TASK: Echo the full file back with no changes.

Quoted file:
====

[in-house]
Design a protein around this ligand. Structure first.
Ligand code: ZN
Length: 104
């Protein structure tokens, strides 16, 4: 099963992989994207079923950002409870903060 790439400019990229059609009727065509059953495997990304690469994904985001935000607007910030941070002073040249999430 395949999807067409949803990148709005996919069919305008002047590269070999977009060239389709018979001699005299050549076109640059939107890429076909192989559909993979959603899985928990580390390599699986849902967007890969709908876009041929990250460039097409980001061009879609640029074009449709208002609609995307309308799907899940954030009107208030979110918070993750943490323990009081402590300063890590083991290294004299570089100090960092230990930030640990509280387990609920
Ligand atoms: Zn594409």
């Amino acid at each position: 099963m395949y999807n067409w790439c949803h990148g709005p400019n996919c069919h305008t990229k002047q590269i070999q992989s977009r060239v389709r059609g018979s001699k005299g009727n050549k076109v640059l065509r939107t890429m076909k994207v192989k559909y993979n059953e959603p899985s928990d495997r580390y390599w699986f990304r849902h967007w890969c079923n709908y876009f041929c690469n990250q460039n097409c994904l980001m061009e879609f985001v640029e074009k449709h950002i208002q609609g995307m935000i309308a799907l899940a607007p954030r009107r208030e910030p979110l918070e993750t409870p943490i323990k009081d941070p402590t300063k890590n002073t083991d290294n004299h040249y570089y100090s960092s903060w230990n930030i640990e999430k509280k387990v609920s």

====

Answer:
[in-house]
Design a protein around this ligand. Structure first.
Ligand code: ZN
Length: 104
């Protein structure tokens, strides 16, 4: 099963992989994207079923950002409870903060 790439400019990229059609009727065509059953495997990304690469994904985001935000607007910030941070002073040249999430 395949999807067409949803990148709005996919069919305008002047590269070999977009060239389709018979001699005299050549076109640059939107890429076909192989559909993979959603899985928990580390390599699986849902967007890969709908876009041929990250460039097409980001061009879609640029074009449709208002609609995307309308799907899940954030009107208030979110918070993750943490323990009081402590300063890590083991290294004299570089100090960092230990930030640990509280387990609920
Ligand atoms: Zn594409």
């Amino acid at each position: 099963m395949y999807n067409w790439c949803h990148g709005p400019n996919c069919h305008t990229k002047q590269i070999q992989s977009r060239v389709r059609g018979s001699k005299g009727n050549k076109v640059l065509r939107t890429m076909k994207v192989k559909y993979n059953e959603p899985s928990d495997r580390y390599w699986f990304r849902h967007w890969c079923n709908y876009f041929c690469n990250q460039n097409c994904l980001m061009e879609f985001v640029e074009k449709h950002i208002q609609g995307m935000i309308a799907l899940a607007p954030r009107r208030e910030p979110l918070e993750t409870p943490i323990k009081d941070p402590t300063k890590n002073t083991d290294n004299h040249y570089y100090s960092s903060w230990n930030i640990e999430k509280k387990v609920s």